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Conventional Sodium Advice WRONG, Large Study Confirms

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Conventional Sodium Advice WRONG, Large Study Confirms

A large international study conducted in 17 countries and recently published in the New England Journal of Medicine has found the advice given by doctors to their heart patients and others with regard to sodium has been WRONG.

Conventional advice given by most Western doctors and even published by the U.S. Office of Disease Prevention and Health Promotion – part of the U.S. Department of Health and Human Services – has recommended that those under 50 years old limit their sodium intake to less than 2,300 milligrams per day, and those over 50 limit their sodium consumption to less then 1,500 milligrams per day.

The recent study, conducted by nearly 400 scientists around the world, followed 156,424 people between the ages of 35 and 70 years old living in 628 cities and villages in Argentina, Bangladesh, Brazil, Canada, Chile, China, Colombia, India, Iran, Malaysia, Pakistan, Poland, South Africa, Sweden, Turkey, United Arab Emirates, and Zimbabwe.

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Urinary sodium levels tested

Within this study, the researchers  measured urinary sodium and potassium levels among 101,945 people from the five continents by sampling fasting urine in the morning. The urine samples were analyzed and compared with the medical history and prescription history of each subject.

The researchers especially focused upon any history of cardiovascular disease and death among the subjects, correlating the sodium and potassium levels with health history.

The researchers continued to follow the subjects for an average of 3.7 years after the initial samples were taken and analyzed.

Cancer patients were eliminated from the study, and other known predictors of heart disease and death were accounted for.

The researchers found that consuming less than 3,000 milligrams of sodium per day was associated with a 27 percent increase in cardiovascular disease and death.

Consuming between 3,000 milligrams and 6,000 milligrams of sodium each day was found to be associated with a lower risk of cardiovascular disease and death.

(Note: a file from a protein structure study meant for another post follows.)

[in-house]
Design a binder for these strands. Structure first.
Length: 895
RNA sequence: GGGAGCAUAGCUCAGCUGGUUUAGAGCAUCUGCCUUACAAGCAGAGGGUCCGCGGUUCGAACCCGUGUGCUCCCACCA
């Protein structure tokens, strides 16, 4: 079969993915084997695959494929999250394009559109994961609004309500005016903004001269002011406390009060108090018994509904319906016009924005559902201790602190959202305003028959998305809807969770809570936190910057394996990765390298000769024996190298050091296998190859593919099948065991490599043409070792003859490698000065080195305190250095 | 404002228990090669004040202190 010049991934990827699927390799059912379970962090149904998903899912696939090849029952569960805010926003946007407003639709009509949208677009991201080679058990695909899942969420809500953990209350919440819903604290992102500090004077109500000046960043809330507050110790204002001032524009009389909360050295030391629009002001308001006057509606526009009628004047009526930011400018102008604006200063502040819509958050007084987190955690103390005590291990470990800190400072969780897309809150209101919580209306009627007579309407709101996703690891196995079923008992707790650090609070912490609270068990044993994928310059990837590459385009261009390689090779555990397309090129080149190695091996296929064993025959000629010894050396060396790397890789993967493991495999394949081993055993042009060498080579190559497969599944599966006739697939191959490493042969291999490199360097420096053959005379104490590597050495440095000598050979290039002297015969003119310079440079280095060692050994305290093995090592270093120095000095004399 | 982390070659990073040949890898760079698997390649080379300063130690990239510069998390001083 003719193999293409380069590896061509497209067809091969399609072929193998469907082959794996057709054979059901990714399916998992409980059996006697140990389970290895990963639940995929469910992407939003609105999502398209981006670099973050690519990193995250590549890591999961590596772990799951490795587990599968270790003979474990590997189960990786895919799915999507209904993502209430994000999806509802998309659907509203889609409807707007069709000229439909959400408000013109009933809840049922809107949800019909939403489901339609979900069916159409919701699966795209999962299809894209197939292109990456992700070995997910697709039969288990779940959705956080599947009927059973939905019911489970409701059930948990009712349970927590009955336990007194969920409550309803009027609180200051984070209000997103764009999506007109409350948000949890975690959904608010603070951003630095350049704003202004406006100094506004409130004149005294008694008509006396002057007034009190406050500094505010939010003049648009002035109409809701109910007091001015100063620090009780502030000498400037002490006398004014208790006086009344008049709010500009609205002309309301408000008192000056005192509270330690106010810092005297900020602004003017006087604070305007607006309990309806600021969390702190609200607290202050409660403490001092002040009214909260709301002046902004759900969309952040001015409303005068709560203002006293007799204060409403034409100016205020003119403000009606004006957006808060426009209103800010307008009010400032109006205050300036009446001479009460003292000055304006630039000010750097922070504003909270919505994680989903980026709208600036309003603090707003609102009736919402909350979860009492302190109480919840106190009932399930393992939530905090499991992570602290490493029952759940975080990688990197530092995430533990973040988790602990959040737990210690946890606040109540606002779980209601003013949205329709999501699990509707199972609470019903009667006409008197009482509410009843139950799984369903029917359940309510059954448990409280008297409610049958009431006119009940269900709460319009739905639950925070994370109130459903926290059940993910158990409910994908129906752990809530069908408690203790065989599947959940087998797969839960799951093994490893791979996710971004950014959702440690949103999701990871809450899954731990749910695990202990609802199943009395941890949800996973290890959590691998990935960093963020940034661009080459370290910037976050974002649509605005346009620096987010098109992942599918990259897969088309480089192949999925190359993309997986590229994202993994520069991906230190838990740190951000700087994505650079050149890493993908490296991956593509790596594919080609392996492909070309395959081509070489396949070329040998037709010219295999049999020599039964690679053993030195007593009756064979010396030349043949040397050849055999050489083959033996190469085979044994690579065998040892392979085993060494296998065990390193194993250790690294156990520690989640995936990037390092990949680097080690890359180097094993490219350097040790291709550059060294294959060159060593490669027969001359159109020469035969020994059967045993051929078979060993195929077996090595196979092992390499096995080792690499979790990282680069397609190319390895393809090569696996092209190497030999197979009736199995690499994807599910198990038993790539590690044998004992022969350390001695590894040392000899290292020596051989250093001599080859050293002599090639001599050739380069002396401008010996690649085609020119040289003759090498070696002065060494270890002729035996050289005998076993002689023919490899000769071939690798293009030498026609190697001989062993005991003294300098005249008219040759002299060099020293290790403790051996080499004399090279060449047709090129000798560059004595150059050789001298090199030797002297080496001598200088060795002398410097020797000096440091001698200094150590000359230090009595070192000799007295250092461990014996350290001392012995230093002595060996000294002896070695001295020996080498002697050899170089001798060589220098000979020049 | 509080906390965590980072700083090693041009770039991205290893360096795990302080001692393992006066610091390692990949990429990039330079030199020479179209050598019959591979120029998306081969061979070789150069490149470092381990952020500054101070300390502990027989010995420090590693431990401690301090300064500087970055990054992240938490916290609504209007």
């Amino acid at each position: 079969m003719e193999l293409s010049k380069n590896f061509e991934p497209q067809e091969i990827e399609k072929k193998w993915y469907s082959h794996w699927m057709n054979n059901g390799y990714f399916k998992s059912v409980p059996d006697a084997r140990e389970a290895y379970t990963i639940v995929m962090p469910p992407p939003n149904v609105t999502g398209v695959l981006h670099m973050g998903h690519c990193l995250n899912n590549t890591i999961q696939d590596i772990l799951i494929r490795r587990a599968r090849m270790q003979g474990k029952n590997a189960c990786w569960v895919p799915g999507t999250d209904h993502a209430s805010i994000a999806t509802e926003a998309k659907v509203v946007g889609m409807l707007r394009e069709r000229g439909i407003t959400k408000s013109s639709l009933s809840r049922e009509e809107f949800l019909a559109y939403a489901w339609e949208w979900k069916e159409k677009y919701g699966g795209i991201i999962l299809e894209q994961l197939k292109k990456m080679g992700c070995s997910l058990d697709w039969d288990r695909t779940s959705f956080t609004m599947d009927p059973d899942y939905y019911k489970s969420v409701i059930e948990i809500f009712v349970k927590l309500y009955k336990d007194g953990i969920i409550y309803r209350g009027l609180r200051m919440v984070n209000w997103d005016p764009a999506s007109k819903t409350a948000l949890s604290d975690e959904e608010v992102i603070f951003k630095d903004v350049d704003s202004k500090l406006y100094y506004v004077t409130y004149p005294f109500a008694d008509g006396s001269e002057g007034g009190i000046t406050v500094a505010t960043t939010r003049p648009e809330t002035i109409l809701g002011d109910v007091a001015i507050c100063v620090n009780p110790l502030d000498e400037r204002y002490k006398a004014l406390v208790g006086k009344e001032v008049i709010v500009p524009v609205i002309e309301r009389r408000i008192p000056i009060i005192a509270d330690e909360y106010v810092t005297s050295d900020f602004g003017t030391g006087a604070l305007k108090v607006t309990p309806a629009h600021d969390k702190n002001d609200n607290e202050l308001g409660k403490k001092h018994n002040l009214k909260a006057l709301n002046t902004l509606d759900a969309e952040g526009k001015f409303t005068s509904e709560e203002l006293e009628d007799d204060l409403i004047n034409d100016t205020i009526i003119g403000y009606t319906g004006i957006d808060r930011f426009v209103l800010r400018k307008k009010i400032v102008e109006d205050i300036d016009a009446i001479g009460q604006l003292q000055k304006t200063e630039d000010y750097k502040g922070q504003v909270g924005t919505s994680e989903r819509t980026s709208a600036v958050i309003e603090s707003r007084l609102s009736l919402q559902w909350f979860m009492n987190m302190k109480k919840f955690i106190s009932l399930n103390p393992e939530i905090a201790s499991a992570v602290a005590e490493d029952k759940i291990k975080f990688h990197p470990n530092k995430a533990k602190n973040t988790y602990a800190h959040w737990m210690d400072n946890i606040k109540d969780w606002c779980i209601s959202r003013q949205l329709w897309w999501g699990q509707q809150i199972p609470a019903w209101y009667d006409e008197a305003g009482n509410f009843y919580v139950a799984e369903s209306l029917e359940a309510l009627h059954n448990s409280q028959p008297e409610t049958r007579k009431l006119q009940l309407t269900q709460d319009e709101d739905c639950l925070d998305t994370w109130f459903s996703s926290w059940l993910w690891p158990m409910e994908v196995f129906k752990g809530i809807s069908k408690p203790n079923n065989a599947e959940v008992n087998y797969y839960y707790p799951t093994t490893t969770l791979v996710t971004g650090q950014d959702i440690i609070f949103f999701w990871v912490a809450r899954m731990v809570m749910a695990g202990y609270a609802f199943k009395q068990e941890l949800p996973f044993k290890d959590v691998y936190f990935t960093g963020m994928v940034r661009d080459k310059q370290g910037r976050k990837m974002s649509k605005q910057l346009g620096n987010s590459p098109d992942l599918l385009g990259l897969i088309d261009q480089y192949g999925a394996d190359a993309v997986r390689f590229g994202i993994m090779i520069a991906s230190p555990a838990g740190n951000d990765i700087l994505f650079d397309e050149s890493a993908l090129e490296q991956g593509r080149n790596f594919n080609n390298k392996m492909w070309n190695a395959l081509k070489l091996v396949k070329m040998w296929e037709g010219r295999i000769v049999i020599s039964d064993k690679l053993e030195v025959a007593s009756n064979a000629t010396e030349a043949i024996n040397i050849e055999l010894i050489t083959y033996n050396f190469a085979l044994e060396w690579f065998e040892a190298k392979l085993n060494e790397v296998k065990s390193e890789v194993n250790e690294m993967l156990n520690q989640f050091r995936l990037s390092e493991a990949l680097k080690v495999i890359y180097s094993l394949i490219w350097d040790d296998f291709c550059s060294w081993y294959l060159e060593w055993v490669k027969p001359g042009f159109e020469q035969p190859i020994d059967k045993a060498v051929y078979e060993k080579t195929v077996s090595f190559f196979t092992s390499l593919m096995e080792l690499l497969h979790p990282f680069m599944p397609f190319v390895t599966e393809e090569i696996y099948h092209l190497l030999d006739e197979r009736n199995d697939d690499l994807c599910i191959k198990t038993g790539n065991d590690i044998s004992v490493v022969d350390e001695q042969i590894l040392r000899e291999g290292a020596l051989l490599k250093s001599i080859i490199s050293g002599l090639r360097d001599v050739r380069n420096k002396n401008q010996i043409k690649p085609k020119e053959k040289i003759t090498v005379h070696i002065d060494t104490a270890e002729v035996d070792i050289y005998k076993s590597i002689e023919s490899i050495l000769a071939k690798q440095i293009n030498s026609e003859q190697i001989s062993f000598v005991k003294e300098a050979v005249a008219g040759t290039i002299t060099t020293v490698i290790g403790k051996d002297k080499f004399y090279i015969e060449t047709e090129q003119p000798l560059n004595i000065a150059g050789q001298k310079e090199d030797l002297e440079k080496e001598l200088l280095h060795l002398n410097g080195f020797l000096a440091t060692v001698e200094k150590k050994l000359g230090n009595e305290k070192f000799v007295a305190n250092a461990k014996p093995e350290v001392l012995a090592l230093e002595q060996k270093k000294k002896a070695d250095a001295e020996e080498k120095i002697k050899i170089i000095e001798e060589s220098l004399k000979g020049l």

Consuming more than 6,000 milligrams per day was associated with a 15 percent increase in cardiovascular disease and mortality.

Remember that current guidelines have been limiting sodium consumption to 1,500 milligrams for those over 50, and less than 2,300 milligrams for those 50 or younger.

And the bottom line of this study finds that consuming between 3,000 and 6,000 milligrams of sodium per day decreases ones risk of heart conditions and death while consuming less than 3,000 and more than 6,000 increases risk. More specifically, the research found that more than 7,000 milligrams per day increases risk significantly.

Why the mistake?

Why has the medical industry been so off about this? In their paper, the study authors suggested that current sodium intake guidelines are based primarily upon shorter studies and study models that don't apply directly to the general population.

This current study removes those elements, allowing for a direct understanding between how much sodium people are consuming, how much is healthy, and how much is not healthy.

Because the kidneys carefully manage the body's levels of sodium and potassium, urinary samples provide an accurate way to monitor someone's total sodium consumption.

Yet this confirms previous research

As I reported several years ago, despite the notion that previous findings have been to the contrary, a 2011 study from from Albert Einstein School of Medicine followed more than 360,000 human subjects and another from Canada's McMaster University followed 4,729 human subjects, correlating their sodium levels with cardiovascular health.

These studies found, respectively, that sodium levels less than 2,500 milligrams per day and 3,000 milligrams per day increased the incidence of heart disease among the participants.

Hypertension mostly unrelated to sodium consumption

In addition to these studies, research from University of California more than three years ago also found that sodium guidelines were mistaken.

This research was a compilation of clinical studies including a 2009 U.C-Davis study that included 129 studies and 50,060 human subjects tested with 24-hour urinary sodium excretion examinations.